Looking up to their emperor as Commander, the troops observed a calendar of Roman religious festivals and sacrifices. Probably, its form went back to Augustus’ reign, although we only encounter evidence for it later, when the number of sacrifices to deified emperors and empresses had expanded. In the centre of a legionary camp, a shrine contained the legion’s standards and images of the emperor and the Roman divinities (the soldiers’ savings were also deposited here). Roman rituals of purification and of omen-taking were practised: we have the calendar of an auxiliaryunit, of non-citizens, which included vows on 3 January for the well-being of the emperor, the eternity of the Roman Empire and sacrifices to the three great gods of the Roman Capitol.4

Under the Republic, refusal to serve when called had been punished by the death penalty. In the new age that sanction receded. Hencefor-ward, service in the legions was almost always voluntary and forcible conscription was exceptional. At two moments of ‘crisis’, in AD 5 and 9, Augustus did resort to it; in the 60s, however, the Emperor Nero found that he could not even hold a forcible levy when he wished.5 When levies are attested locally in the Empire, they are either levies of volunteers or levies for the non-citizen auxiliaryunits. Even so, the recruiting officers who conducted them were the emperor’s men. About 6,000 recruits are the army’s estimated yearly need, after the usual deaths and retirements, in order to maintain the legions at full strength each year. Surviving figures for the Roman census suggest that the rising citizen-population could have met that need very comfortably. It would therefore take a sudden very heavy demand for troops to make forcible enlistment a necessity. Otherwise, the emperor and his men simplysaw to it. Already in ad 23 it was quite exceptional that the Emperor Tiberius discussed army recruitment in the Senate.6 Even the appointments to quite minor commands came to be submitted outside the public eye to the emperor’s judgement. Quite by chance, we discover (through a poem in the 80s) that one of the emperor’s secretaries had to receive letters about cavalry commanders, military tribunes and other subordinate officers, either so as to approve their appointments or to assist the emperor if he wished to appoint them himself from on high.7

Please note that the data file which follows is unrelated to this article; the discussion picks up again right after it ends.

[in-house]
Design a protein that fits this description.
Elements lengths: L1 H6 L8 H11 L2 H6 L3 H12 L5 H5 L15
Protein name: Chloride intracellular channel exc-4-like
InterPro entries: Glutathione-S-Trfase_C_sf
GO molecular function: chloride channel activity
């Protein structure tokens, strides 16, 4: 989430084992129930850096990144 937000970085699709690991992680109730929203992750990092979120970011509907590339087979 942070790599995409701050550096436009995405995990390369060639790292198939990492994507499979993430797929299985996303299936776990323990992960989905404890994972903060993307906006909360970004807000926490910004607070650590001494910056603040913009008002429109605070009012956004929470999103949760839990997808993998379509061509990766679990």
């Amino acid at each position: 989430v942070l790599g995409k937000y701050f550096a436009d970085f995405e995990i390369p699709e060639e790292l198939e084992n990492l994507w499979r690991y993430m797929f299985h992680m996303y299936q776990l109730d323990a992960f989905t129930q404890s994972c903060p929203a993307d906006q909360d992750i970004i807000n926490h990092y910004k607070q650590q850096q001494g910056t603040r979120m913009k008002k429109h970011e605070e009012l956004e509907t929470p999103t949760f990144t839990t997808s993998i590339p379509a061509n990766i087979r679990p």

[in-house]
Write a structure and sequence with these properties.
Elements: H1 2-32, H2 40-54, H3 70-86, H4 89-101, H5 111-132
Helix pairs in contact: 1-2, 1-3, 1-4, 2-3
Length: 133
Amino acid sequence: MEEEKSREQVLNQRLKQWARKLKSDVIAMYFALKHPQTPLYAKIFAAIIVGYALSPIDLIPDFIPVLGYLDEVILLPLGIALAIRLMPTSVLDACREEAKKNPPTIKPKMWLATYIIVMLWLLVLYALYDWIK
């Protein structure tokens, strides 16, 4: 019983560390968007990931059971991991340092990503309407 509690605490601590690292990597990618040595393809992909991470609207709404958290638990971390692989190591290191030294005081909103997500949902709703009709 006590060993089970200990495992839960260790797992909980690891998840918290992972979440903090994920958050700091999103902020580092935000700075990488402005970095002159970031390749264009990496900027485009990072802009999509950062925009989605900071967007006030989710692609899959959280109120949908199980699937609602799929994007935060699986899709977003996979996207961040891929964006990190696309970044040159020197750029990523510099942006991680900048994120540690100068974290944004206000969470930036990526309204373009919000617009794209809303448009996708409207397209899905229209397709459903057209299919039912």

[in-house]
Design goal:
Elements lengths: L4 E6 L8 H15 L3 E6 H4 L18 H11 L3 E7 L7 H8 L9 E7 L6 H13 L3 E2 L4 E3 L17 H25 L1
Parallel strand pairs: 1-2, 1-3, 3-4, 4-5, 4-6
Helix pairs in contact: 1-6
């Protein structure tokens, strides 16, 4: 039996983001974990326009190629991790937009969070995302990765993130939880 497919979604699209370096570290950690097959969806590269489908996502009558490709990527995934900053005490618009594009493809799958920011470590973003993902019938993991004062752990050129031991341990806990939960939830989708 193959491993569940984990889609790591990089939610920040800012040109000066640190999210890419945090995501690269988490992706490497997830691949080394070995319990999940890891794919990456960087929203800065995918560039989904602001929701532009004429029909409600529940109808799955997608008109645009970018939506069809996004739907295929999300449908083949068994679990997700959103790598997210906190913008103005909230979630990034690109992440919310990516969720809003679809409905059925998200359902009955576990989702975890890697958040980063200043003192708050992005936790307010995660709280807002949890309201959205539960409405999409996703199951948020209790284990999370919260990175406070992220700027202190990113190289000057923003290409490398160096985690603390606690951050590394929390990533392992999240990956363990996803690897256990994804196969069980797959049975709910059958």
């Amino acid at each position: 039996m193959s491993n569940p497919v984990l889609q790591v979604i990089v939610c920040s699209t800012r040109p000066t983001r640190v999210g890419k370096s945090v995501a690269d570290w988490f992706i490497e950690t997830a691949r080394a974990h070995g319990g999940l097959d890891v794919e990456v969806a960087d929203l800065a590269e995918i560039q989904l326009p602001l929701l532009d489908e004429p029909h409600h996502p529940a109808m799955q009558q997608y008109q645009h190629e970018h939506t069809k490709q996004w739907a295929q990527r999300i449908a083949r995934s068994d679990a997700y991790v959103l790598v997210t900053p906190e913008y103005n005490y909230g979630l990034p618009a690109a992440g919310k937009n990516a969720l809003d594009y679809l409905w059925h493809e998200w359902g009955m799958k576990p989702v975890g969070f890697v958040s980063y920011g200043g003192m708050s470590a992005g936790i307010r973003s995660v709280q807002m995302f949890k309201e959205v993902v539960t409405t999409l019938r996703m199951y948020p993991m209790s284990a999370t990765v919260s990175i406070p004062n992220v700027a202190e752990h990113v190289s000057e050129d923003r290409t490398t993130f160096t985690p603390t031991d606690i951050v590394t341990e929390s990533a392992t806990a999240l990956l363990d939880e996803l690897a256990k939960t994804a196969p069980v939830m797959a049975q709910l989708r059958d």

The soldiers’ tactics had become more varied during the Republic’s fall, but the basic legionary had not changed: he was still armed with a javelin (pilum) to be thrown at close quarters, backed up byeffective use of the sword. He still wore open sandals with heavy nailed soles (‘militaryboots’), a shirt of chain mail (later replaced bya breastplate of jointed iron strips), a solid metal helmet and an oval shield or, by ad 100, one which was rectangular. In full armour, he could not swim, although swimming was one of his skills and a recommended part of his training. In close formation, his line of shields could stand firm against missiles; by opening out, it could let through the scythed chariots which were launched at it without much effect by Britons and Gauls. There were also stone- and arrow-shooting catapults, powered by torsion (one type, from its ‘kick’, was called the wild ass). Romans copied these from the Greek world, and stationed up to sixty machines behind each legion so that they could begin battle with a powered barrage, shot over the legionaries’ heads.

The main tactical development was the increasing use of local non-Roman auxiliaries. By the late first century ad light-armed provincial troops would be put in front of the traditional legionary line and would take most of the initial battering. On the wings, squadrons of non-Roman cavalry would shoot arrows or javelins, while riding rapidly at a diagonal or circling on their enemy’s flank. The angled cavalry charge towards the centre, the hallmark of Alexander’s great victories, was not now in fashion. Opposing cavalry tended to be skirmishers, especially in the Near East where the Parthian horsemen would shoot scores of arrows as they retreated.